This will become the new way, and at some point will even be seen as preferable to just doing things for living veterans, as living veterans can be corrupted (may have always been), but an empty coffin dedicated to the idea of "the self-sacrificing veteran" may live on forever in our hearts as something to aspire to. And then the patriotic display will be right and truly perfected as a metaphor for itself: an empty coffin for an empty gesture.
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Old 12-24-2019, 10:24 AM
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It's not worship. Its called respect for sacrifice. A lot of Americans are not strong enough to serve. They don't have the guts. ...
I disagree strongly. These vets volunteered for various reasons. Now, as a group they are grabbing with both hands, assuming they are entitled to a perpetual privileged status.

Some limited action in Afghanistan was likely called for, but centuries have consistently told the folly of attempting "nation-building" in that tribal quagmire. And invasion of Irag was inexcusable. If some idiot signed up because he/she supported those actions, he/she was a fool - or worse. And the fact that someone voluntarily agrees to support an inexcusable action doe not earn them any plusses in my book. A good number of folk signed up for less than noble reasons, ranging from prejudice and a desire for revenge, to personal economic advantage. Their choice of a job ought not entitle them to ongoing special consideration. And- IMO&E, a HUGE percentage of these whiners claiming PTSD are simply whores milking the system.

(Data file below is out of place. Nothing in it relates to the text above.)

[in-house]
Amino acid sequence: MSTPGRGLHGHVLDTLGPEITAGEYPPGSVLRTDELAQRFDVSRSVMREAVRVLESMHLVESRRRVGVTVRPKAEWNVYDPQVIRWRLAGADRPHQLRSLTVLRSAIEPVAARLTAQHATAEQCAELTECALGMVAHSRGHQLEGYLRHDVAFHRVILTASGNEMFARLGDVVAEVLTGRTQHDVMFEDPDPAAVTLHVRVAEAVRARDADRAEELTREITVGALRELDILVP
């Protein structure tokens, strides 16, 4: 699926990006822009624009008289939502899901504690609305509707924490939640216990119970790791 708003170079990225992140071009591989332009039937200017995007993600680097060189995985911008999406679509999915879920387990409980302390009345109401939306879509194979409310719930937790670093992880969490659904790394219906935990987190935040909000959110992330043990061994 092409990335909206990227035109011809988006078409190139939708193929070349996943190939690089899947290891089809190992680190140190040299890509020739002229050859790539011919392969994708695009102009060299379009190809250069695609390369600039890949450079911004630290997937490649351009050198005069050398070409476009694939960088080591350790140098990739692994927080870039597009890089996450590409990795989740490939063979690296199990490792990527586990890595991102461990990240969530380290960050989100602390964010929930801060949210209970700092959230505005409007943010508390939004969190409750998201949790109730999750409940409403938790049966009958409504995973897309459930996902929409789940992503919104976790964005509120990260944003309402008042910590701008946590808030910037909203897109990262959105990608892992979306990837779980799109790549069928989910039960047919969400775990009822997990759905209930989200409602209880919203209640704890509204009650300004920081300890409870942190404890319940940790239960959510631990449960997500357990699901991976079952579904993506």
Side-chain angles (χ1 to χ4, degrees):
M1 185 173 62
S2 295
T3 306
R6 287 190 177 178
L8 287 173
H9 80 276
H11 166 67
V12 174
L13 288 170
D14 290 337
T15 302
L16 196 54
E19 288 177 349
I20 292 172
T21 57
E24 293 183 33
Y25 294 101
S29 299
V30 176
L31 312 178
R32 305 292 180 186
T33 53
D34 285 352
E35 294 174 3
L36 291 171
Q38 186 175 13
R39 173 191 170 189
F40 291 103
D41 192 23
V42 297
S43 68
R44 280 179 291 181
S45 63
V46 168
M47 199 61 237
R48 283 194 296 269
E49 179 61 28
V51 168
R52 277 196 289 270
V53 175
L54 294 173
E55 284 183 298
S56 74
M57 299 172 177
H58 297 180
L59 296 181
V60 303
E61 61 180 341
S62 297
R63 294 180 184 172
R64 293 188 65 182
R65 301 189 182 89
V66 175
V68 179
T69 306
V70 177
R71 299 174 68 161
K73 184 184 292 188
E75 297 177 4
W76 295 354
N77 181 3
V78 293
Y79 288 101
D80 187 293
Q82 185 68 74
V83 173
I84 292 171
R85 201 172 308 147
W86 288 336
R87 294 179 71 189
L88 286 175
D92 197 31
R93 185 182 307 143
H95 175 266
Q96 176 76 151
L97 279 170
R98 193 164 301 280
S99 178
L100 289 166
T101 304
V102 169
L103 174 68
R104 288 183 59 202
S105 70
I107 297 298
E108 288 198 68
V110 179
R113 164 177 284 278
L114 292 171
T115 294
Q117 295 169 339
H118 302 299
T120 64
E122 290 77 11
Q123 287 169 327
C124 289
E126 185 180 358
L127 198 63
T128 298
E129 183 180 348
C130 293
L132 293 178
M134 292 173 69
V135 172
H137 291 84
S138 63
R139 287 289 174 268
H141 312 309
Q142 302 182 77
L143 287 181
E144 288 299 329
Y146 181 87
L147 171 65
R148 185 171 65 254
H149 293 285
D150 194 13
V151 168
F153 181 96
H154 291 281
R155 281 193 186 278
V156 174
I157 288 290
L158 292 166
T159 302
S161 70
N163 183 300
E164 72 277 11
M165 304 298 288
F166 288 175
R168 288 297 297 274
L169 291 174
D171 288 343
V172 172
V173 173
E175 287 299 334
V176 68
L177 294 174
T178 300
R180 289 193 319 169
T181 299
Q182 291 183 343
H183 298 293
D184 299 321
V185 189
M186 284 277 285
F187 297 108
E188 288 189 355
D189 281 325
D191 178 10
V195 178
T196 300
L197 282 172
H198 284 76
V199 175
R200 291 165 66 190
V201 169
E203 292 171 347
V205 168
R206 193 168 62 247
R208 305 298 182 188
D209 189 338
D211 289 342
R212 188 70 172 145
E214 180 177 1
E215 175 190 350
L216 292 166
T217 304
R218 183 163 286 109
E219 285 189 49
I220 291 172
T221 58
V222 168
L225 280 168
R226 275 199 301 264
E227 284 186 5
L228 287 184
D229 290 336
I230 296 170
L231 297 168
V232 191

You asked.
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Old 12-24-2019, 10:52 AM
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The Taliban was out of power within six months. Not sure what we've been trying to accomplish since.

Wapo has had a series this month on the subsequent boondoggle.
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Old 12-24-2019, 10:58 AM
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Some limited action in Afghanistan was likely called for, but centuries have consistently told the folly of attempting "nation-building" in that tribal quagmire.
What are the alternatives, given that "limited action" was called for? Deposing their government and then walking away, leaving anarchy and chaos behind in a strongest-takes-all civil war (incidentally likely to have been the government that had just been deposed)? Outright takeover? Attempting to create a friendly but independent native government was the least worst option.
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Old 12-24-2019, 11:06 AM
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The specific soldiers who are known to have committed torture of prisoners or other war crimes will probably remain not very popular with a large section of the public.

But AFAICT the average American who's disillusioned about the wars in Iraq or Afghanistan tends to regard the average servicemember as a fellow victim of the war-hawks' scam rather than as a perpetrator of it.
One of the biggest criticisms of the war was "Stop Loss", which was specifically pointing out how soldiers were being forced to serve beyond the terms they signed up for. The media used to talk a lot about soldiers suffering from PTSD (and in sympathetic terms).

I think the current crop of military officers are (in general) seen as professionals. They didn't want to be micromanaged by Obama, and they are shocked at Trump's incompetence (such as abandoning the Kurds or protecting war criminals).